With increasing trends amongst the global automotive constructors to downsize engines, reduce fuel consumption and carbon emissions, engines need to generate higher horsepower to compensate. The new Smithers Rapra report – The Future of Automotive Elastomers to 2021 – explores these trends and the new demands placed on elastomers to withstand higher temperatures and resist chemical attack in order to last the lifecycle of the vehicle.
The growth of automotive elastomers is moving faster than that of the total vehicle market, which explains the expected CAGR of 4.2%. However, the success of automotive elastomers depends primarily on their acceptance and growth of the global automotive industry. This means not only the automotive constructors, but also the myriad of components’ suppliers, particularly those belonging to the Tier 1 group. Equally, the economic health of any country and region will have a major impact on the supply and demand of motor vehicles, which will have a knock-on effect on the automotive component suppliers.
The advent of the electric and the electric hybrid vehicle is changing the growth rate of the automotive elastomers market in comparison to that of the vehicle market somewhat, which may likely see a change in the use of high performance elastomers. This is hopefully counterbalanced by an increase in electrically associated applications, such as lighting, cables, lightweight batteries, and polymer-based electric motors. Automotive construction will have to move away from steel at an increased rate if the operating range of electric vehicles is to be considered as competitive as internal-combustion powered vehicles. The operating range of electric vehicles could be increased by the establishment of battery charging stations. This will involve a dramatic increase in the use of elastomers for the production of the heavy duty cables required by fast-charging systems. This is all some way off, since it is more difficult to change infrastructures than build a new automotive plant.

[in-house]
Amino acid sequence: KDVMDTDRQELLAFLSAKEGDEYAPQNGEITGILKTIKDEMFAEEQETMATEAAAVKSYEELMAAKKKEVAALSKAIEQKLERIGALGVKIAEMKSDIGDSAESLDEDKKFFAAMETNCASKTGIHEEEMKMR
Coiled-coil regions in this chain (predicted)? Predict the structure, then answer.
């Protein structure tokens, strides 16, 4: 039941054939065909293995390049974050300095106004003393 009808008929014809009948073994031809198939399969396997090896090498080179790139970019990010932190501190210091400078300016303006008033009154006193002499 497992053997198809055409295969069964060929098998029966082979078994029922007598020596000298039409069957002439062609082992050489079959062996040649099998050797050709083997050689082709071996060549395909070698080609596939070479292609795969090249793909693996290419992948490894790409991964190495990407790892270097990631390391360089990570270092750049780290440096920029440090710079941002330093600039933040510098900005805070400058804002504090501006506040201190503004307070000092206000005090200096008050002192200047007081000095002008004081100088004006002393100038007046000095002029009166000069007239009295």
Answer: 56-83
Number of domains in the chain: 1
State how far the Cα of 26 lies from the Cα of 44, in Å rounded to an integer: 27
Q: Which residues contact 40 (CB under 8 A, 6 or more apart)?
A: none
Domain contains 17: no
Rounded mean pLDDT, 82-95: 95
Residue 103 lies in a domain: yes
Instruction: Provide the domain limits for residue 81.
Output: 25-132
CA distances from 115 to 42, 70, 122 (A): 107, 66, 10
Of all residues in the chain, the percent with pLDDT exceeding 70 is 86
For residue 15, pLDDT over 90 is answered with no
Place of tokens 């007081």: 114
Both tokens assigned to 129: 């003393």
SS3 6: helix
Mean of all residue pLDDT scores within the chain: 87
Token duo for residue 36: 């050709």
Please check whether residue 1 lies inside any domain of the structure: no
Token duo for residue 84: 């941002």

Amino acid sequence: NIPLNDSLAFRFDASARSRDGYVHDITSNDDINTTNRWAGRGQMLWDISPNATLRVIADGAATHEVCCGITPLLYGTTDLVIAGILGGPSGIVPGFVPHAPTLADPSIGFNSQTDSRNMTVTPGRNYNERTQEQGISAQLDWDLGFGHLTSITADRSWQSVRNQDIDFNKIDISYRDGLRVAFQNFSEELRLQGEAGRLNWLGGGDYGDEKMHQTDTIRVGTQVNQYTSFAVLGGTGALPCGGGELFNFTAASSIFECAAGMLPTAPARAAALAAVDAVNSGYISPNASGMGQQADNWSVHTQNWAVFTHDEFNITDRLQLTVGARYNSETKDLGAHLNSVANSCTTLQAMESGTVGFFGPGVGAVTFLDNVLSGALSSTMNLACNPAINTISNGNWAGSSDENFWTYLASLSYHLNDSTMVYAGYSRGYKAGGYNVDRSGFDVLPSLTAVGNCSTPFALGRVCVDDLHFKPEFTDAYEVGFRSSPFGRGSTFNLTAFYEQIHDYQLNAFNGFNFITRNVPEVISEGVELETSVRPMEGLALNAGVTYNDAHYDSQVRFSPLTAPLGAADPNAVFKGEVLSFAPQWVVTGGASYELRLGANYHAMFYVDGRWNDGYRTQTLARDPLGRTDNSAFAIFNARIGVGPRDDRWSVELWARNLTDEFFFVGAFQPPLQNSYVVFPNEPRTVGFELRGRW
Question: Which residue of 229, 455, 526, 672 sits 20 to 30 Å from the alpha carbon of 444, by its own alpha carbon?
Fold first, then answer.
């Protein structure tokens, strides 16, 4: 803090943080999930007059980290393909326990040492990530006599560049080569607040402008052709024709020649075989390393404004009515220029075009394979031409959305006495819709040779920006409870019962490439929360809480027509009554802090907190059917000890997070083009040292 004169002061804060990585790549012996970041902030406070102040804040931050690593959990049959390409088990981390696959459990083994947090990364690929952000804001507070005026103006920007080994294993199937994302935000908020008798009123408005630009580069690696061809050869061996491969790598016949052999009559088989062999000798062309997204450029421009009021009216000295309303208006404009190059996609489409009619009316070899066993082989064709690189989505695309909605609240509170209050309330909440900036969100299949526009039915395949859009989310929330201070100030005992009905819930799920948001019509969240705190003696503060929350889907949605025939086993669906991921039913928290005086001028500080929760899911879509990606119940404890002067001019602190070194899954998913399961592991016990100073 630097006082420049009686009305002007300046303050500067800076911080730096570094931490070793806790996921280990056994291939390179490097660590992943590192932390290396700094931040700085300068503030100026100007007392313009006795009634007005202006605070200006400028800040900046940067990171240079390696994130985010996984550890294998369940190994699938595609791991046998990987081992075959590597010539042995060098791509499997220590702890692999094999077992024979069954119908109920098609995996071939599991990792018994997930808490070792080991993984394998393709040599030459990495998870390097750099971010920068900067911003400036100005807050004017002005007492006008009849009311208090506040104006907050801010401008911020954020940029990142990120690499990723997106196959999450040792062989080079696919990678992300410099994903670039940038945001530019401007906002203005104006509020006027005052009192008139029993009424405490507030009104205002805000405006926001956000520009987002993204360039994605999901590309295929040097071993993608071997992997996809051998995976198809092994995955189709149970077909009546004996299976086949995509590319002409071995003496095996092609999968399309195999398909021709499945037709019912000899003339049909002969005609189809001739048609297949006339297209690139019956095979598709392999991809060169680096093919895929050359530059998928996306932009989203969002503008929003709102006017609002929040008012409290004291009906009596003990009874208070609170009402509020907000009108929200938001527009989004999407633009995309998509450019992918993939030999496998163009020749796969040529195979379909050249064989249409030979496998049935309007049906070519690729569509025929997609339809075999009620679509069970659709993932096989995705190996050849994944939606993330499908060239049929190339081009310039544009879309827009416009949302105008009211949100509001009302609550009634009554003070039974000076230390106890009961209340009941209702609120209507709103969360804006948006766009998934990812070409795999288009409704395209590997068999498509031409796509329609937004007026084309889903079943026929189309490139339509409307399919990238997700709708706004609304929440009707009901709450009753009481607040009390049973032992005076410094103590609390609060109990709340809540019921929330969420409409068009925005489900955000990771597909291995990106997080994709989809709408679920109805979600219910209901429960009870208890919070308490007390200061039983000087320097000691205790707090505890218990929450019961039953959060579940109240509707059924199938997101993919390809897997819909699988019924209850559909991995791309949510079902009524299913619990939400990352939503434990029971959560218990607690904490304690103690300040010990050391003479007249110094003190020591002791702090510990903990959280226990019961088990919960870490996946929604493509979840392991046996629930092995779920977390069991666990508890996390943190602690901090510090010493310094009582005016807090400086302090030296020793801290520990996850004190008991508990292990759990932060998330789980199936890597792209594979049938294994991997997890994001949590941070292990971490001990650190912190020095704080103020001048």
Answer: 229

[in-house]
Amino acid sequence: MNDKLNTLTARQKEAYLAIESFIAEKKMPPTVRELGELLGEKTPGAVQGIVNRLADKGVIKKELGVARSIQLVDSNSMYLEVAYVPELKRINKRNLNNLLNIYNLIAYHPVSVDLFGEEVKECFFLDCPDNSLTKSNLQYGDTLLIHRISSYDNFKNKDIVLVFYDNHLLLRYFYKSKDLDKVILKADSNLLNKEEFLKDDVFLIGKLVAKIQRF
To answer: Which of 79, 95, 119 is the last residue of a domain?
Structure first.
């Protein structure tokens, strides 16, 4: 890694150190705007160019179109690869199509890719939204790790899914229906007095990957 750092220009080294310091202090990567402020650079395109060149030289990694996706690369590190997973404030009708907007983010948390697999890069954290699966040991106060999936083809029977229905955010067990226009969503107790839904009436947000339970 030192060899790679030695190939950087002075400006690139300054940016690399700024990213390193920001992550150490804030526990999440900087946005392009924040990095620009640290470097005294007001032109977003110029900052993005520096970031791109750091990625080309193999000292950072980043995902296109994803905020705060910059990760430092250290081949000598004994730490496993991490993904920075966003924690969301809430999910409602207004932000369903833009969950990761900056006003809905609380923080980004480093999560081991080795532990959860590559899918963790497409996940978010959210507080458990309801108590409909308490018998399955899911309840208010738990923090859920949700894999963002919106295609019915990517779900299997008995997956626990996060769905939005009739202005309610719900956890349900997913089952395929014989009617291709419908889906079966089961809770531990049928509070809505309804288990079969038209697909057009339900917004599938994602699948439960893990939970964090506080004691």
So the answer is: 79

As expected, the Asian/Pacific region represents the largest market, with a share of 44% in 2012, rising to 46% in 2016 and ending up with just over 48% in 2021. While China has been largely responsible for the initial growth of the Asian/Pacific automotive market, other countries such as India, Indonesia, and Thailand are also making substantial contributions to the future growth. It follows that these latter countries will also become more involved in the production of automotive elastomer components in the future. Japan and South Korea will continue to occupy second and third place in the Asian/Pacific region.
The Future of Automotive Elastomers to 2021 is guided by primary research and supported by extensive industry data, both of which underpins our appraisal of existing market conditions and our forecasting. The primary research was based on interviews with industry personnel across the value chain, including leading suppliers, manufactures and end users. Discussions with industry influencers supplemented this research. Secondary research was founded on an extensive literature review of market and company reports, magazines and journal abstracts, trends, and market information.
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